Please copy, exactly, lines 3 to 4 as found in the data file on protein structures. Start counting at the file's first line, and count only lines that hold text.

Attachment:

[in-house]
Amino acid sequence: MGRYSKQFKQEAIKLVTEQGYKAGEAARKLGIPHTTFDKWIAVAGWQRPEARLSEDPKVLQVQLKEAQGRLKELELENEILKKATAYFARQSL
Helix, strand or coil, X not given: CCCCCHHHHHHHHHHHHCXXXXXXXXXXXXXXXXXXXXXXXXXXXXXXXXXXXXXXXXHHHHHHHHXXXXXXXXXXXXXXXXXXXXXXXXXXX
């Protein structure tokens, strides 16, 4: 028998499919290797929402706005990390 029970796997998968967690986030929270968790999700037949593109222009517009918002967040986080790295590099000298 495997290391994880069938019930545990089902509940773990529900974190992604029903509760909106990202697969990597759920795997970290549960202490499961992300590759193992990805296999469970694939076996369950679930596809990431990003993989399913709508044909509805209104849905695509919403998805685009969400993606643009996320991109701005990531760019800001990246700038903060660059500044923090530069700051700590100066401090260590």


Helix, strand or coil, X not given: CCCCCHHHHHHHHHHHHCXXXXXXXXXXXXXXXXXXXXXXXXXXXXXXXXXXXXXXXXHHHHHHHHXXXXXXXXXXXXXXXXXXXXXXXXXXX
């Protein structure tokens, strides 16, 4: 028998499919290797929402706005990390 029970796997998968967690986030929270968790999700037949593109222009517009918002967040986080790295590099000298 495997290391994880069938019930545990089902509940773990529900974190992604029903509760909106990202697969990597759920795997970290549960202490499961992300590759193992990805296999469970694939076996369950679930596809990431990003993989399913709508044909509805209104849905695509919403998805685009969400993606643009996320991109701005990531760019800001990246700038903060660059500044923090530069700051700590100066401090260590």